The Salon inside the Melbourne Recital Centre, a finely crafted, flexible acoustically wonderful space showcased to a high degree of excellence for the ‘sold out’ crowd, a splendid program for the newly-formed Brandenburg Quartet on their Home Town Tour, 2018.
The players on gut-stringed period instruments, violinists Shaun Lee-Chen and Ben Dollman with Monica O’Dea on viola and Jamie Hey on cello, provided the audience with a rich resonating experience, as close to the original as possible.
All full time members of the multi ARIA Award-winning Australian Brandenburg Orchestra, the Brandenburg Quartet sublimely revealed the composer’s intent to produce amazing melodies that deeply affected their audience judging by the enthusiasm of the applause.
They showcased their virtuosic skills, and in this particular venue, the correlation between music of the Early, Baroque and the Classical age, and architecture.
The first work by Italian composer Francesco Durante (1684 -1755), the Concerto for Strings in G Minor, provided an insight into intricate compositions produced by a man known best as a church music composer, who taught many of the opera and opera buffa composers of the time.
This concerto illustrated so well, through its balanced harmonic progressions the pictorial character of musical Baroque art, which led to the foundation of the modern orchestra.
It also showcased the notable variety of tones Durante developed. This little-known work is favoured by period instrument musicians because I suspect they enjoy its ‘harmonic intricacy’ as well as respect Durante’s historic contribution to the development of music down the centuries.
The second movement revealed the luscious mellow rounded tone produced by Jamie Hey’s period cello, underpinning the other strings performance so brilliantly.
Only about a 100 years old and trustingly purchased ‘online’ from Sweden, this cello sang sweetly in its master’s hands, bringing forth a sound that was nothing short of beguiling.
Admitting to bias towards the cello in my love of musical excellence, in this Salon it reminded me why; in the hands of Jamie Hey it shimmered, shone and captured everyone’s attention and admiration.
What I love about listening to music in this very special space is that while you can hear the instruments harmoniously rendering the work they are playing, if you apply yourself you can also hear them all individually; a real treat.
It is indeed what seduced me originally back in the late 70’s when hearing my first ‘chamber’ music concert in a period panelled salon in Salzburg Austria, showcasing the joys of Mozart’s music. Perfect music in a perfect place to suit my age at the time.
In fact listening to the glories of early music in an acoustically wondrous salon is my idea of luxury. I found myself affectionately remembering the wonderful woman philanthropist whose funding allowed this asset for the city of Melbourne to be brought to fruition, dear Dame Elizabeth Murdoch (1909-2012).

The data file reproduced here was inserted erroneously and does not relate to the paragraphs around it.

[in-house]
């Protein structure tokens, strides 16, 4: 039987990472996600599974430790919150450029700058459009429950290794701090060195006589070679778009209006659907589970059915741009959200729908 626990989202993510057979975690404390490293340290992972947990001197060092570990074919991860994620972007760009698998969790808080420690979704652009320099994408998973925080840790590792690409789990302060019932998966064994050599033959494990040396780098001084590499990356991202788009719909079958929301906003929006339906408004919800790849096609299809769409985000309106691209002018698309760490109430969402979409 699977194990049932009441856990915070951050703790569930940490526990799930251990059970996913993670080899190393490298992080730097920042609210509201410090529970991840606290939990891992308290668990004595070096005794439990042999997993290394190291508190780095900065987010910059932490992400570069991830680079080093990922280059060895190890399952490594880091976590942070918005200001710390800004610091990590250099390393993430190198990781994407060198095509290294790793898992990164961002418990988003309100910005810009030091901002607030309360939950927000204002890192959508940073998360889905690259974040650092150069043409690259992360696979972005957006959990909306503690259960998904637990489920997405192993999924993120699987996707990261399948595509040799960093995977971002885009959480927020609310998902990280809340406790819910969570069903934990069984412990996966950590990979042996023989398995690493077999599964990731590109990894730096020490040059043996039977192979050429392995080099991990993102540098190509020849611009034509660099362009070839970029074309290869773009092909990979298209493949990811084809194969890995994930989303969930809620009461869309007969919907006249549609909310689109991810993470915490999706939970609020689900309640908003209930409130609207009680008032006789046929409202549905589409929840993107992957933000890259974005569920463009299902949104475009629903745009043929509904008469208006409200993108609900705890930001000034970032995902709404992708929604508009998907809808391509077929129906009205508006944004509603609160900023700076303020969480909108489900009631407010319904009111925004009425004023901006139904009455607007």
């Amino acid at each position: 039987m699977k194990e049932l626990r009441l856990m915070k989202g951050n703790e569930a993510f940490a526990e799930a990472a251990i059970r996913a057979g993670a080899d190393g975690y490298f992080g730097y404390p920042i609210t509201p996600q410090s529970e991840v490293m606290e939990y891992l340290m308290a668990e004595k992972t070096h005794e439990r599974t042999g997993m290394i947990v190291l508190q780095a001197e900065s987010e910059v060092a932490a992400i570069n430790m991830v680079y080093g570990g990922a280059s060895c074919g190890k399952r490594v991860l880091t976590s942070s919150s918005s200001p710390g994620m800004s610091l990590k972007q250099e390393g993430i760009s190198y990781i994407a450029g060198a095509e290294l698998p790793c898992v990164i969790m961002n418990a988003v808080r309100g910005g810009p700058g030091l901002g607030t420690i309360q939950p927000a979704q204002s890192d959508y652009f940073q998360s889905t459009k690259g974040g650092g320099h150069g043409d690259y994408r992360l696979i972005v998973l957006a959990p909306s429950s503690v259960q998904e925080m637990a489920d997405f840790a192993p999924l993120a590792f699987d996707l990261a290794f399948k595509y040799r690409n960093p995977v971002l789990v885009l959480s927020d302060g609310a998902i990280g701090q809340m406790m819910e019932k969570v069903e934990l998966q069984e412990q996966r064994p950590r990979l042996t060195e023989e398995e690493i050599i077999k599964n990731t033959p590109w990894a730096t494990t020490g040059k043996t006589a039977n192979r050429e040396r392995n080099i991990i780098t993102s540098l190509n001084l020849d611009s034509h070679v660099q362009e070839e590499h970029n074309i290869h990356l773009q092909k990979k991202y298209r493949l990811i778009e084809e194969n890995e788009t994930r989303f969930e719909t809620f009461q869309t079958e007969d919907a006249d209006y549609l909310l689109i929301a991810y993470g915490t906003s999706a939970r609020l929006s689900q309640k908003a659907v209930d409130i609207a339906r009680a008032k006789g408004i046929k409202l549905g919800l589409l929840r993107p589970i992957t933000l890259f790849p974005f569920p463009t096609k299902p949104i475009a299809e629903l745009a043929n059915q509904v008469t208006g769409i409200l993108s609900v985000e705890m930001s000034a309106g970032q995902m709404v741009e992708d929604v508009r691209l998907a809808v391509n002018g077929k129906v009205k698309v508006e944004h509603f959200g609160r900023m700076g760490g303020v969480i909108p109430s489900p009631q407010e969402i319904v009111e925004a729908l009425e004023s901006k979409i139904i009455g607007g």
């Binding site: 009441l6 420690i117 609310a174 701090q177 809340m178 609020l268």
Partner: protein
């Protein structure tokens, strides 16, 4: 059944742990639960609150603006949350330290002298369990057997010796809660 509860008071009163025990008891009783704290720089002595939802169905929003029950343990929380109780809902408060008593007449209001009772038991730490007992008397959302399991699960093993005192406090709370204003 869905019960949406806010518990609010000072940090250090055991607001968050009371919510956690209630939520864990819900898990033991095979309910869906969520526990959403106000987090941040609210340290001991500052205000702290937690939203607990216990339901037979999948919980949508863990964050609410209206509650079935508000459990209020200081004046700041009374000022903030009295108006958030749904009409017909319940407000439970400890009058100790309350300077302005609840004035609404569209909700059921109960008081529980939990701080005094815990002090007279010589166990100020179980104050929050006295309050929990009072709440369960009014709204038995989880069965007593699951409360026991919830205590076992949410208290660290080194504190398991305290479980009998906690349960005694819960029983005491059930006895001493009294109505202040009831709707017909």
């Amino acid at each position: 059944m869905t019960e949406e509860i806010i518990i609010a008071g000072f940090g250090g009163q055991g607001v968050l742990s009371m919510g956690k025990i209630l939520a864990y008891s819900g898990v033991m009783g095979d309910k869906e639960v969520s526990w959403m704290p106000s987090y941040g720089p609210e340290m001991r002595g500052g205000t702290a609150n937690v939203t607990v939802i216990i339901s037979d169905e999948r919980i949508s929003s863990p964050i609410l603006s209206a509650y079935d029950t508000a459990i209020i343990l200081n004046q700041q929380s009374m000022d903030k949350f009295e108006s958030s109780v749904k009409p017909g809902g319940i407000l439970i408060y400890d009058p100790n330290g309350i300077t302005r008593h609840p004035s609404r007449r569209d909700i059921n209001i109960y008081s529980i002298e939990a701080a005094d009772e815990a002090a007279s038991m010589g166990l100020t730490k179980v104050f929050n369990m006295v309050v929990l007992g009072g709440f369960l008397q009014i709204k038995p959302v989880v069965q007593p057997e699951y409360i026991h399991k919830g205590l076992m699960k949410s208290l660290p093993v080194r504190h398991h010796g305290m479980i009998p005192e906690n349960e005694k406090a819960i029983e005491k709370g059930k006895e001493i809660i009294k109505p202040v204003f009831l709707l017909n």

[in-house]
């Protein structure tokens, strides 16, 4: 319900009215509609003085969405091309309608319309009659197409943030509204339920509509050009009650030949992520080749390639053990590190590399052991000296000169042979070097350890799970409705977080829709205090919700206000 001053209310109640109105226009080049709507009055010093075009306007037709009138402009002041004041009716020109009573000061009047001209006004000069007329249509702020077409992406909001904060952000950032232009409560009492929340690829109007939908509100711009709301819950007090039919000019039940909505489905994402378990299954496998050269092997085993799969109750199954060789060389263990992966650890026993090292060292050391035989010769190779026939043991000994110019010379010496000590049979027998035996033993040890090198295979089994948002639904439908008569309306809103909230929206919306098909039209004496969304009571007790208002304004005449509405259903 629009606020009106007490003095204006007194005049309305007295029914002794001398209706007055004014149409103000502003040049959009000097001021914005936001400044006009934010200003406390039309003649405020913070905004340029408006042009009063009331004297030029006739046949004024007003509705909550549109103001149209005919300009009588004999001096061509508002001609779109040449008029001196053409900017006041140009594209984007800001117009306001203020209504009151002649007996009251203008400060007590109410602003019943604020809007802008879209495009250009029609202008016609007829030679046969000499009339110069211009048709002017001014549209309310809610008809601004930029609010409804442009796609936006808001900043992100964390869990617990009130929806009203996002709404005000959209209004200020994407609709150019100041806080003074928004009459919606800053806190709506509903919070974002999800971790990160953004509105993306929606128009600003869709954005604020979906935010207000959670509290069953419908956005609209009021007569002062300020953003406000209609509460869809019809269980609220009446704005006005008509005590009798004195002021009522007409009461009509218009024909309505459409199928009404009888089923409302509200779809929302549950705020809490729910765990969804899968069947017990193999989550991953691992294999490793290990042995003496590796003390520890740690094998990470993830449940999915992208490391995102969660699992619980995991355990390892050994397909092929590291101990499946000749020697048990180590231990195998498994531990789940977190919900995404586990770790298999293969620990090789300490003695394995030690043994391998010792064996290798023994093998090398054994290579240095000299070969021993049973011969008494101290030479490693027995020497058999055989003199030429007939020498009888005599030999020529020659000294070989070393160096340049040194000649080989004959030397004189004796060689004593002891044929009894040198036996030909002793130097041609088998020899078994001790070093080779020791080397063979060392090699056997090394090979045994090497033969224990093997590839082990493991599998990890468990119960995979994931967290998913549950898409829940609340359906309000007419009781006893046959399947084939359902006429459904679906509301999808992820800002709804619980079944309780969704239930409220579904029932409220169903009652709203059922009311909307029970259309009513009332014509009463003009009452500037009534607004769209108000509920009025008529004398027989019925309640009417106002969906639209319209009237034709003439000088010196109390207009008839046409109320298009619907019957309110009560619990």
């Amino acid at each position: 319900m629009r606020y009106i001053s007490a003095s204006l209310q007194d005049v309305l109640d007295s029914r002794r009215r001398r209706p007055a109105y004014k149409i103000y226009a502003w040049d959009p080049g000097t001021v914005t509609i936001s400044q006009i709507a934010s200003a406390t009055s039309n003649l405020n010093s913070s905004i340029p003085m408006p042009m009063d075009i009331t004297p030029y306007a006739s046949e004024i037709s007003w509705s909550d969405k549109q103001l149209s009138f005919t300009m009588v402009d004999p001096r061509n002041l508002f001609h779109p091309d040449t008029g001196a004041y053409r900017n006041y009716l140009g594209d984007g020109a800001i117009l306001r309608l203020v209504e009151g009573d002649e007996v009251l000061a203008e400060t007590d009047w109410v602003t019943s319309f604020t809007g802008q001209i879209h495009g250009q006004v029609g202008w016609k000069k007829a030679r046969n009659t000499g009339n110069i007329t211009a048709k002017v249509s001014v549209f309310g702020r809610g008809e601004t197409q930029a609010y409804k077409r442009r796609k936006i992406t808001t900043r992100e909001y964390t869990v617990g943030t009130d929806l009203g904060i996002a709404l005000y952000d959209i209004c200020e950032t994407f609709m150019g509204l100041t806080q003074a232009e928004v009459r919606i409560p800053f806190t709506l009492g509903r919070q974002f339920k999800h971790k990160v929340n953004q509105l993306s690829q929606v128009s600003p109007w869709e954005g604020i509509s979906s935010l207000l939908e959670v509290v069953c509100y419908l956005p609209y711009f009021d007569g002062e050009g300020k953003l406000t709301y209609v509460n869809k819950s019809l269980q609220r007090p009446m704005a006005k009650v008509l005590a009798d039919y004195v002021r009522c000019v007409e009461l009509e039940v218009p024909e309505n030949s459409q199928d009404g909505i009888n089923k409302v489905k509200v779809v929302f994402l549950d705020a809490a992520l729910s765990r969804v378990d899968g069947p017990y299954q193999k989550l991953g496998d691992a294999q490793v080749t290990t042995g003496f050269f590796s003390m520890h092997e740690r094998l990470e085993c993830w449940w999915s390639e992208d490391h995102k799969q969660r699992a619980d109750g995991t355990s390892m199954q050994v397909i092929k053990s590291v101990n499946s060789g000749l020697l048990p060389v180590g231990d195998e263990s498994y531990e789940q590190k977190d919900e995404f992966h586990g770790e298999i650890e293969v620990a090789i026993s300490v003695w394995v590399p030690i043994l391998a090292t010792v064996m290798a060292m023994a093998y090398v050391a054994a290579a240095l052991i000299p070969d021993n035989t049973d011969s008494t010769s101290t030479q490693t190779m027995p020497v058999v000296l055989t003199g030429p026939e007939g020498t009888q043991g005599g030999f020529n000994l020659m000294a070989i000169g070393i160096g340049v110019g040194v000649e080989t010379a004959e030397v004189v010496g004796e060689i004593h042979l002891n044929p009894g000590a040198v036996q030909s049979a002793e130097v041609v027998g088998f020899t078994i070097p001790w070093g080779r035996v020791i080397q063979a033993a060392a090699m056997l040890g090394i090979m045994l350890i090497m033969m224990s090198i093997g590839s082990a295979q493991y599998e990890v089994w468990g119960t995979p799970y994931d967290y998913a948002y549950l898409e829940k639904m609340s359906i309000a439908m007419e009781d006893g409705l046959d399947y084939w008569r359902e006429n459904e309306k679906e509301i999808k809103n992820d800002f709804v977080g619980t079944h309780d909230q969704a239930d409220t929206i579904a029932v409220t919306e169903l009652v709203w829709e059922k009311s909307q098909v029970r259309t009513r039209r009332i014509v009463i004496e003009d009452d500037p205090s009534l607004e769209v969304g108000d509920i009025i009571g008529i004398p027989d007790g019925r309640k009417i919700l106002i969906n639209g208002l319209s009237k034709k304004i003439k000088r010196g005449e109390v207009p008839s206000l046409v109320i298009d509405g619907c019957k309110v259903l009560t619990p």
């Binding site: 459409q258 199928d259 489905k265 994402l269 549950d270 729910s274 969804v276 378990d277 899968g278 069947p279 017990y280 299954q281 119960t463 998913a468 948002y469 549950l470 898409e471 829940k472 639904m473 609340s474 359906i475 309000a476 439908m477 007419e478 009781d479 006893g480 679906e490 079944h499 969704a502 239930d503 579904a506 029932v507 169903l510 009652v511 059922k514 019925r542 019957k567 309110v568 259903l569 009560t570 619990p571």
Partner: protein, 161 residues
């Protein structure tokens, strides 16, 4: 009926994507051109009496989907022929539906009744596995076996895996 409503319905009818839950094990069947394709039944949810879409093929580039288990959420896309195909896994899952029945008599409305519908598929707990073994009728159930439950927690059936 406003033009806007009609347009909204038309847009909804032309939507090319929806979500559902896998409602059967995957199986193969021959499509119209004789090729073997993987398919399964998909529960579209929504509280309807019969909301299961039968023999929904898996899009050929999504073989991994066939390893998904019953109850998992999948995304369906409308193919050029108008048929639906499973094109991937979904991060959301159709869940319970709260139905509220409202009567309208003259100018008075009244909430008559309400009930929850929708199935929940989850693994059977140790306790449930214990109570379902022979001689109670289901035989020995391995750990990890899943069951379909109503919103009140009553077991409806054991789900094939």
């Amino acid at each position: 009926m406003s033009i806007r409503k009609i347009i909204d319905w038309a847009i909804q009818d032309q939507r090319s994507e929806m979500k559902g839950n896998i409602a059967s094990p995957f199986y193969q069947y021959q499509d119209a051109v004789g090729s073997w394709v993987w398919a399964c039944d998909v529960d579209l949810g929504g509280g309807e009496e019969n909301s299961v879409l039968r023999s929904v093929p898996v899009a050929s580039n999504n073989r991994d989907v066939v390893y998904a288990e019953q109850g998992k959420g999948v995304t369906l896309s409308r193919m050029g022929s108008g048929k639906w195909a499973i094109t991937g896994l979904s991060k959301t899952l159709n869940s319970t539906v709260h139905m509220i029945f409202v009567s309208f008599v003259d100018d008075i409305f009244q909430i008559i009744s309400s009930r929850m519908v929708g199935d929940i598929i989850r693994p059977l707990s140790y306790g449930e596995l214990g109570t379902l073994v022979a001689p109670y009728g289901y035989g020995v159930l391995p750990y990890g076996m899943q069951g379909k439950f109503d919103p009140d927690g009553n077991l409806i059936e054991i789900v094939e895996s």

A String Quartet in F Major by German Composer Andreas Romberg (1767-1821) followed, revealing how as a composer he was already exhibiting his leaning towards orchestral delights. It had a lively first movement followed by a slow but seductive second movement, which wonderfully allowed each of the musicians to shine.
An unexpected treat next; an unadvertised work by perhaps the most gifted of all the composers in the history of music, Wolfgang Amadeus Mozart (1756-1791), who was a teenager when he completed his String Quartet No. 19 in C Major, K. 465 1782 -1785.
He dedicated it to the man he admired most, Franz Joseph Haydn (1732-1809), considered one of the leading, and most revered composers of his age whose works were often completed in the seclusion of the delightful summerhouse of his patron Prince Paul Esterházy, where the atmosphere was happy and relaxing.
The music by our splendid quartet of musicians, was delivered with conviction. Rich, round mellow sounds flew around the salon as the players performed at a pinnacle of perfection the complex textures of music that became embedded in everyone’s heart.
German philosopher Immanuel Kant (1724-1804) once described genius as being ‘the talent which gives art its rules’. Franz Joseph Haydn was one.
He infused his music with personal experience, making it endlessly appealing to every man and every woman by giving it complete freedom of expression, making it playful and full of the love of life. Whether you were a court official, another composer or a peasant in the field, Haydn’s music burgeoned with wit, joy, humour and sorrow and became well-beloved.
The final work on the program String Quartet in D Minor, Op. 76/2 by Franz Joseph Haydn brought these four musicians sublimely together as they passed the magic of the music from one to the other seamlessly and with rare conviction. It was beautiful to behold and wonderfully warming to the heart.
Brandenburg Quartet musicians on a late lazy Sunday afternoon, offered their grateful audience a sublime experience; exquisite violins, ingenious viola and a cello triumphant for their first Home Town Tour in the Salon at Melbourne Recital Centre.
Hearing the program played in such a marvellous location meant the performance became upfront and personal for every single person there. It was bold, passionate and should ensure a newly found audience will be coming back for more.
“Wasn’t it breath-taking” said one lady in the foyer afterwards as she lined up to collect her coat“. She confirmed “… they would definitely be back if the Brandenburg Quartet keep playing at this extraordinary level of perfection”.
Indeed. Won’t we all!
Government House Perth, 18th April
Ukaria Cultural Centre, Adelaide, 22nd April, 2018
Carolyn McDowall, The Culture Concept Circle, 2018